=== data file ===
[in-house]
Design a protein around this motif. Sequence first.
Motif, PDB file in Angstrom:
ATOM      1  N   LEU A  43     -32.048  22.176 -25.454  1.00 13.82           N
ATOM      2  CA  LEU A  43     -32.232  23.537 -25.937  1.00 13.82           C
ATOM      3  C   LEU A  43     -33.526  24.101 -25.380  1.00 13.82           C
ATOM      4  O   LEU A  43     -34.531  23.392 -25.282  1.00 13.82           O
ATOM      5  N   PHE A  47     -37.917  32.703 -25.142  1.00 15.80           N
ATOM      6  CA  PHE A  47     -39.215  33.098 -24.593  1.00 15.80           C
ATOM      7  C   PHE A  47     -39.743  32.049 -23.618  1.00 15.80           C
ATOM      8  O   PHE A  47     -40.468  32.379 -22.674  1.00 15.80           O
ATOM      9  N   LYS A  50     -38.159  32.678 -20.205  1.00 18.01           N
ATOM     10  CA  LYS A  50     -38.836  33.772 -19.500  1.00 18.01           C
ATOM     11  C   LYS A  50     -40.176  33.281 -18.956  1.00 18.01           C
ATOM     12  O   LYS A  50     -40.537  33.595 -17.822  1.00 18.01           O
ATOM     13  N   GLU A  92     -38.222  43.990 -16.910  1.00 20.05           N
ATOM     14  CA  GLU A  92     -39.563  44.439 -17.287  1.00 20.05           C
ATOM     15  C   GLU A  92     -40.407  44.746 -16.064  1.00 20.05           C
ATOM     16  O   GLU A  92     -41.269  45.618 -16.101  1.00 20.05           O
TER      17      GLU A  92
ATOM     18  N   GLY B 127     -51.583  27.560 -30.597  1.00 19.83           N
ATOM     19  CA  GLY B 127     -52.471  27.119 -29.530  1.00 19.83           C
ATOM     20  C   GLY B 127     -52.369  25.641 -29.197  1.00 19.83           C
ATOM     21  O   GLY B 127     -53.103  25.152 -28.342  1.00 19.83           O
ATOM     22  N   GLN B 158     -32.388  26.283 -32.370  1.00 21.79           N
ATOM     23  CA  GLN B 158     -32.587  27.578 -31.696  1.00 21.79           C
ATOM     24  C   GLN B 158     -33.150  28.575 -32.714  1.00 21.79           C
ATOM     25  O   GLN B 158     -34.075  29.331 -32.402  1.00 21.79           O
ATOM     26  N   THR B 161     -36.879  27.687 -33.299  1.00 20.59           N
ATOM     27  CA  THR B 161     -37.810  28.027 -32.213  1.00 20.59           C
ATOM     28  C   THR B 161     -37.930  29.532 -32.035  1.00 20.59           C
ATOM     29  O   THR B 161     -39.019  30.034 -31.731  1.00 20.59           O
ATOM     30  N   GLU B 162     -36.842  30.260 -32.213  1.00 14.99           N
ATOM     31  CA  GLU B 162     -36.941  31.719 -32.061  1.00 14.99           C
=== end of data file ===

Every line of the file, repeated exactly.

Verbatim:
[in-house]
Design a protein around this motif. Sequence first.
Motif, PDB file in Angstrom:
ATOM      1  N   LEU A  43     -32.048  22.176 -25.454  1.00 13.82           N
ATOM      2  CA  LEU A  43     -32.232  23.537 -25.937  1.00 13.82           C
ATOM      3  C   LEU A  43     -33.526  24.101 -25.380  1.00 13.82           C
ATOM      4  O   LEU A  43     -34.531  23.392 -25.282  1.00 13.82           O
ATOM      5  N   PHE A  47     -37.917  32.703 -25.142  1.00 15.80           N
ATOM      6  CA  PHE A  47     -39.215  33.098 -24.593  1.00 15.80           C
ATOM      7  C   PHE A  47     -39.743  32.049 -23.618  1.00 15.80           C
ATOM      8  O   PHE A  47     -40.468  32.379 -22.674  1.00 15.80           O
ATOM      9  N   LYS A  50     -38.159  32.678 -20.205  1.00 18.01           N
ATOM     10  CA  LYS A  50     -38.836  33.772 -19.500  1.00 18.01           C
ATOM     11  C   LYS A  50     -40.176  33.281 -18.956  1.00 18.01           C
ATOM     12  O   LYS A  50     -40.537  33.595 -17.822  1.00 18.01           O
ATOM     13  N   GLU A  92     -38.222  43.990 -16.910  1.00 20.05           N
ATOM     14  CA  GLU A  92     -39.563  44.439 -17.287  1.00 20.05           C
ATOM     15  C   GLU A  92     -40.407  44.746 -16.064  1.00 20.05           C
ATOM     16  O   GLU A  92     -41.269  45.618 -16.101  1.00 20.05           O
TER      17      GLU A  92
ATOM     18  N   GLY B 127     -51.583  27.560 -30.597  1.00 19.83           N
ATOM     19  CA  GLY B 127     -52.471  27.119 -29.530  1.00 19.83           C
ATOM     20  C   GLY B 127     -52.369  25.641 -29.197  1.00 19.83           C
ATOM     21  O   GLY B 127     -53.103  25.152 -28.342  1.00 19.83           O
ATOM     22  N   GLN B 158     -32.388  26.283 -32.370  1.00 21.79           N
ATOM     23  CA  GLN B 158     -32.587  27.578 -31.696  1.00 21.79           C
ATOM     24  C   GLN B 158     -33.150  28.575 -32.714  1.00 21.79           C
ATOM     25  O   GLN B 158     -34.075  29.331 -32.402  1.00 21.79           O
ATOM     26  N   THR B 161     -36.879  27.687 -33.299  1.00 20.59           N
ATOM     27  CA  THR B 161     -37.810  28.027 -32.213  1.00 20.59           C
ATOM     28  C   THR B 161     -37.930  29.532 -32.035  1.00 20.59           C
ATOM     29  O   THR B 161     -39.019  30.034 -31.731  1.00 20.59           O
ATOM     30  N   GLU B 162     -36.842  30.260 -32.213  1.00 14.99           N
ATOM     31  CA  GLU B 162     -36.941  31.719 -32.061  1.00 14.99           C